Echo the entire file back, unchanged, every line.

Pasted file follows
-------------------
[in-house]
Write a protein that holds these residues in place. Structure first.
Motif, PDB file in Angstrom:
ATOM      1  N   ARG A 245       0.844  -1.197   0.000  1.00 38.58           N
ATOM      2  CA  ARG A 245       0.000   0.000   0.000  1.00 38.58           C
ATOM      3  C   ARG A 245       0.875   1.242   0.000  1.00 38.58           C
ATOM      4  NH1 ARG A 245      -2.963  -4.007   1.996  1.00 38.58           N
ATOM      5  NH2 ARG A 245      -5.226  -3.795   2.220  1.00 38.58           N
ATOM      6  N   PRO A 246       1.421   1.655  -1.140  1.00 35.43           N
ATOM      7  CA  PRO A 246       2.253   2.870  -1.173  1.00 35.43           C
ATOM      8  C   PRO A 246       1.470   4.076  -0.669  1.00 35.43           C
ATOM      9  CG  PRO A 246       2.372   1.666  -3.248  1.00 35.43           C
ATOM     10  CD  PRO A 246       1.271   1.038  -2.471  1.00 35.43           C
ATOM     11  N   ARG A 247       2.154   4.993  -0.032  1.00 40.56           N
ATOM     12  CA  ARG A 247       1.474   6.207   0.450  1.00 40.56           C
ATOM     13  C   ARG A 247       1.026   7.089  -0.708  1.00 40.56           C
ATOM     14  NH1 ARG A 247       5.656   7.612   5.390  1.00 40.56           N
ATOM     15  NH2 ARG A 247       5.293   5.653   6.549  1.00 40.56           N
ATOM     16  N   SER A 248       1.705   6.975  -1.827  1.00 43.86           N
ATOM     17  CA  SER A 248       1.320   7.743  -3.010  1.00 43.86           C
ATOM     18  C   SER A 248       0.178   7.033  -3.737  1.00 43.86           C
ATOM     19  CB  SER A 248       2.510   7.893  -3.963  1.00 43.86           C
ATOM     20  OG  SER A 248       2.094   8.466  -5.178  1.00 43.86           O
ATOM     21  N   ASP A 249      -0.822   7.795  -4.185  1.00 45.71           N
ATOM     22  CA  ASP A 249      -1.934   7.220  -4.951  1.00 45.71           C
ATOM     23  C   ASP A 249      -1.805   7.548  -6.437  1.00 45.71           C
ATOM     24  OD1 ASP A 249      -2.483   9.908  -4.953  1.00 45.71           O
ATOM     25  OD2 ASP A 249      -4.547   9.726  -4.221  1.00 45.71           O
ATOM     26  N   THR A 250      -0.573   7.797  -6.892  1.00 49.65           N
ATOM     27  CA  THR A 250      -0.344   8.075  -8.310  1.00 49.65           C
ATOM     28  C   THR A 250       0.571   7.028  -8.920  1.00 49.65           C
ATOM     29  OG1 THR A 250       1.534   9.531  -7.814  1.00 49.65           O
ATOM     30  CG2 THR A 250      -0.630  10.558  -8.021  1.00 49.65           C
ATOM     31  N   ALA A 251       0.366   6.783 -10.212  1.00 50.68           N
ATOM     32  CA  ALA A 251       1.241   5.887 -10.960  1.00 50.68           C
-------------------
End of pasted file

[in-house]
Write a protein that holds these residues in place. Structure first.
Motif, PDB file in Angstrom:
ATOM      1  N   ARG A 245       0.844  -1.197   0.000  1.00 38.58           N
ATOM      2  CA  ARG A 245       0.000   0.000   0.000  1.00 38.58           C
ATOM      3  C   ARG A 245       0.875   1.242   0.000  1.00 38.58           C
ATOM      4  NH1 ARG A 245      -2.963  -4.007   1.996  1.00 38.58           N
ATOM      5  NH2 ARG A 245      -5.226  -3.795   2.220  1.00 38.58           N
ATOM      6  N   PRO A 246       1.421   1.655  -1.140  1.00 35.43           N
ATOM      7  CA  PRO A 246       2.253   2.870  -1.173  1.00 35.43           C
ATOM      8  C   PRO A 246       1.470   4.076  -0.669  1.00 35.43           C
ATOM      9  CG  PRO A 246       2.372   1.666  -3.248  1.00 35.43           C
ATOM     10  CD  PRO A 246       1.271   1.038  -2.471  1.00 35.43           C
ATOM     11  N   ARG A 247       2.154   4.993  -0.032  1.00 40.56           N
ATOM     12  CA  ARG A 247       1.474   6.207   0.450  1.00 40.56           C
ATOM     13  C   ARG A 247       1.026   7.089  -0.708  1.00 40.56           C
ATOM     14  NH1 ARG A 247       5.656   7.612   5.390  1.00 40.56           N
ATOM     15  NH2 ARG A 247       5.293   5.653   6.549  1.00 40.56           N
ATOM     16  N   SER A 248       1.705   6.975  -1.827  1.00 43.86           N
ATOM     17  CA  SER A 248       1.320   7.743  -3.010  1.00 43.86           C
ATOM     18  C   SER A 248       0.178   7.033  -3.737  1.00 43.86           C
ATOM     19  CB  SER A 248       2.510   7.893  -3.963  1.00 43.86           C
ATOM     20  OG  SER A 248       2.094   8.466  -5.178  1.00 43.86           O
ATOM     21  N   ASP A 249      -0.822   7.795  -4.185  1.00 45.71           N
ATOM     22  CA  ASP A 249      -1.934   7.220  -4.951  1.00 45.71           C
ATOM     23  C   ASP A 249      -1.805   7.548  -6.437  1.00 45.71           C
ATOM     24  OD1 ASP A 249      -2.483   9.908  -4.953  1.00 45.71           O
ATOM     25  OD2 ASP A 249      -4.547   9.726  -4.221  1.00 45.71           O
ATOM     26  N   THR A 250      -0.573   7.797  -6.892  1.00 49.65           N
ATOM     27  CA  THR A 250      -0.344   8.075  -8.310  1.00 49.65           C
ATOM     28  C   THR A 250       0.571   7.028  -8.920  1.00 49.65           C
ATOM     29  OG1 THR A 250       1.534   9.531  -7.814  1.00 49.65           O
ATOM     30  CG2 THR A 250      -0.630  10.558  -8.021  1.00 49.65           C
ATOM     31  N   ALA A 251       0.366   6.783 -10.212  1.00 50.68           N
ATOM     32  CA  ALA A 251       1.241   5.887 -10.960  1.00 50.68           C